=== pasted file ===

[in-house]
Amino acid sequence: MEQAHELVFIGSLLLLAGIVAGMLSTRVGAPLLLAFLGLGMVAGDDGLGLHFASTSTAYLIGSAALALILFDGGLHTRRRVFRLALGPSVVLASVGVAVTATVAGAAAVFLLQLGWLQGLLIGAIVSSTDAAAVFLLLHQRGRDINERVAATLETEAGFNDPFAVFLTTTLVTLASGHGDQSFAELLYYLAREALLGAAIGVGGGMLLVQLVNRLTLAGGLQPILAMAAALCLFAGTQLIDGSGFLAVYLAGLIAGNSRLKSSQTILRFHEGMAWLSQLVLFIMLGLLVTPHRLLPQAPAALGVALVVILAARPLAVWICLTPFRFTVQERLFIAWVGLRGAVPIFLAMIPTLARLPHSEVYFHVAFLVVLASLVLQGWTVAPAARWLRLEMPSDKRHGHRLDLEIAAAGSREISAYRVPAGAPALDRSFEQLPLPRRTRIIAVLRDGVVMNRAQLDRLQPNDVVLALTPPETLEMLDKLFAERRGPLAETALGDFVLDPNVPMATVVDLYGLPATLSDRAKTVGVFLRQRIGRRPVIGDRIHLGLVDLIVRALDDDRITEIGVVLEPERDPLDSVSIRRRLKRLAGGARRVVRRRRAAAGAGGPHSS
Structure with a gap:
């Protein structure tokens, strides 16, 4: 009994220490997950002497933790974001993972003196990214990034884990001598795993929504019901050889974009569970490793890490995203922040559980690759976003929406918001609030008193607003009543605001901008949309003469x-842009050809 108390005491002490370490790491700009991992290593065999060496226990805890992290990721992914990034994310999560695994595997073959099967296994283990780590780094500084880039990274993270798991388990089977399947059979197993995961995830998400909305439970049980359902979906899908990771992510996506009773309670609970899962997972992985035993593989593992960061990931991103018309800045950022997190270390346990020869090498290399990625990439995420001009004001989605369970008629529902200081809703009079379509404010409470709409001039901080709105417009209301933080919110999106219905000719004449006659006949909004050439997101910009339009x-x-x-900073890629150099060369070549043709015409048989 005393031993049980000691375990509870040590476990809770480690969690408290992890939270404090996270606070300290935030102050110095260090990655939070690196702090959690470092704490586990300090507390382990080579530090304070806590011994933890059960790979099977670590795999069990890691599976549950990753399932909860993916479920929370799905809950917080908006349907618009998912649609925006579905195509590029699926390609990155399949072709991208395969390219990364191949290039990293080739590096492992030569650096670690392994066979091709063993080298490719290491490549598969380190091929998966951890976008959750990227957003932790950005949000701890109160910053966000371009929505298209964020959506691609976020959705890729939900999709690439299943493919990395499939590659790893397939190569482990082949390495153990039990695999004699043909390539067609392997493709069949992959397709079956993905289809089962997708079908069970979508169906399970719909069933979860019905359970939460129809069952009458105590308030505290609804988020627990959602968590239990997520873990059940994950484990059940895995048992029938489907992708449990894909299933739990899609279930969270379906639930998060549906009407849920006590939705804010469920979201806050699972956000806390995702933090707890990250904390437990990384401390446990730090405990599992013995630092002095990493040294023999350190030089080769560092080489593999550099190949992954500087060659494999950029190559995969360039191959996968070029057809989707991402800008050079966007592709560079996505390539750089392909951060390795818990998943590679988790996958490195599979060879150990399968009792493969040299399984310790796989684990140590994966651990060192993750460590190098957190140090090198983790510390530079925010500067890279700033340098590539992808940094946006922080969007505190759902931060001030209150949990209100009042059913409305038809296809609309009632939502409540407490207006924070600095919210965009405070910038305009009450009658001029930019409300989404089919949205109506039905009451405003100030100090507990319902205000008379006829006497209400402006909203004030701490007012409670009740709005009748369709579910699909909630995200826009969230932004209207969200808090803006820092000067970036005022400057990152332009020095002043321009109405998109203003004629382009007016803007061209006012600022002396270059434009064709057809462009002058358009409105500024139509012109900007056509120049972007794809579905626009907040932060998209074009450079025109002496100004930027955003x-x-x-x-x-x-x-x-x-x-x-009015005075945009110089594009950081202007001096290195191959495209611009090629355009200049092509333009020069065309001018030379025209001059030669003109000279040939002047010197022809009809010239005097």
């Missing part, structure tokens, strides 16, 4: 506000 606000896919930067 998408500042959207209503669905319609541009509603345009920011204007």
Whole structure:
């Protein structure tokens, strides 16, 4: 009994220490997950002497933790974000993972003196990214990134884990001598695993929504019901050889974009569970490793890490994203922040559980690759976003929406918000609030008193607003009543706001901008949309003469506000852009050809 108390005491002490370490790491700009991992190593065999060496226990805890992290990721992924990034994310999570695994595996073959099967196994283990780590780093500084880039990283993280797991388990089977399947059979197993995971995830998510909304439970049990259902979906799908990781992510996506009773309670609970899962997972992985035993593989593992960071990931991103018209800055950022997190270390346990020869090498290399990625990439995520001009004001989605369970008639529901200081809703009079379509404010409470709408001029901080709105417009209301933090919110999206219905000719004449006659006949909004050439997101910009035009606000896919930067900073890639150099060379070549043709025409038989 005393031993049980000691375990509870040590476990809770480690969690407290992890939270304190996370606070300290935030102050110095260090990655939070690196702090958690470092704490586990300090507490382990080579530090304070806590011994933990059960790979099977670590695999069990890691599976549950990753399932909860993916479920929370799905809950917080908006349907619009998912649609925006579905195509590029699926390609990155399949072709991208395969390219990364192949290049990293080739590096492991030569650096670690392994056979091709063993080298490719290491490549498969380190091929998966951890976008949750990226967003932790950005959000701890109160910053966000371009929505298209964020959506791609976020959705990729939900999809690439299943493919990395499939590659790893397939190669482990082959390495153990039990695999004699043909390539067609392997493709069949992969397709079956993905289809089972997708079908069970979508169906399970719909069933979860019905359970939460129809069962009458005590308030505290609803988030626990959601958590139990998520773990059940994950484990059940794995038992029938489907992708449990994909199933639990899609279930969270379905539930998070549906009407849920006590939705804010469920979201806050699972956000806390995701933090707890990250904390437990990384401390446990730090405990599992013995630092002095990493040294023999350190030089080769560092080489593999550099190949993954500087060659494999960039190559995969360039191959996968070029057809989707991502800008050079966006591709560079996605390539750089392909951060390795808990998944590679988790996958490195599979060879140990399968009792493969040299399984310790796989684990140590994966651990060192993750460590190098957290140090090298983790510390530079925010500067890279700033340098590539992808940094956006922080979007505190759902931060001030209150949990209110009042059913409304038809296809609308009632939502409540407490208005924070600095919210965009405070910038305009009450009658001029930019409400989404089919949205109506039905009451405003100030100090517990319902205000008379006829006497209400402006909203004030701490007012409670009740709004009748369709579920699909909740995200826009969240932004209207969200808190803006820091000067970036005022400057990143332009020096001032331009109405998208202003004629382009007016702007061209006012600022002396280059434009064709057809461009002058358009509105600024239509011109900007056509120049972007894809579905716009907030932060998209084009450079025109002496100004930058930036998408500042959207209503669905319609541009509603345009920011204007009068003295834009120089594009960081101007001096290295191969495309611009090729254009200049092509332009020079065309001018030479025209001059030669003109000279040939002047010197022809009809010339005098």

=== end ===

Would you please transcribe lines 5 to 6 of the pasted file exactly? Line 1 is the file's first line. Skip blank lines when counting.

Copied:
């Missing part, structure tokens, strides 16, 4: 506000 606000896919930067 998408500042959207209503669905319609541009509603345009920011204007």
Whole structure: